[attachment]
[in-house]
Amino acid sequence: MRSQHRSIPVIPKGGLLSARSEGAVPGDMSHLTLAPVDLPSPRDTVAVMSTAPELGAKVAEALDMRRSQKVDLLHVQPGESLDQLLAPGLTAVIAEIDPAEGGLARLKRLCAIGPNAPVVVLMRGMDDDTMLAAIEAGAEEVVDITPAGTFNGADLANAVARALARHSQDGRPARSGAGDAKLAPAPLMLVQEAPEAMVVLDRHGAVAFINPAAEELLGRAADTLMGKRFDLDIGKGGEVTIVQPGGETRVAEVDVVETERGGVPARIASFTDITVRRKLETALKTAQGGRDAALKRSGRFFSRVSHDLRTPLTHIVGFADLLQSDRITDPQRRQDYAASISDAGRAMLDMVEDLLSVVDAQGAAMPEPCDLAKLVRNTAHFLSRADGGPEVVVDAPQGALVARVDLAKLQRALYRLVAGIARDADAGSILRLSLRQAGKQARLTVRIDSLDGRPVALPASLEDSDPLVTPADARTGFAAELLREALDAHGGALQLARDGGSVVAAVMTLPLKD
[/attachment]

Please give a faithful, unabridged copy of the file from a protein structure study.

[in-house]
Amino acid sequence: MRSQHRSIPVIPKGGLLSARSEGAVPGDMSHLTLAPVDLPSPRDTVAVMSTAPELGAKVAEALDMRRSQKVDLLHVQPGESLDQLLAPGLTAVIAEIDPAEGGLARLKRLCAIGPNAPVVVLMRGMDDDTMLAAIEAGAEEVVDITPAGTFNGADLANAVARALARHSQDGRPARSGAGDAKLAPAPLMLVQEAPEAMVVLDRHGAVAFINPAAEELLGRAADTLMGKRFDLDIGKGGEVTIVQPGGETRVAEVDVVETERGGVPARIASFTDITVRRKLETALKTAQGGRDAALKRSGRFFSRVSHDLRTPLTHIVGFADLLQSDRITDPQRRQDYAASISDAGRAMLDMVEDLLSVVDAQGAAMPEPCDLAKLVRNTAHFLSRADGGPEVVVDAPQGALVARVDLAKLQRALYRLVAGIARDADAGSILRLSLRQAGKQARLTVRIDSLDGRPVALPASLEDSDPLVTPADARTGFAAELLREALDAHGGALQLARDGGSVVAAVMTLPLKD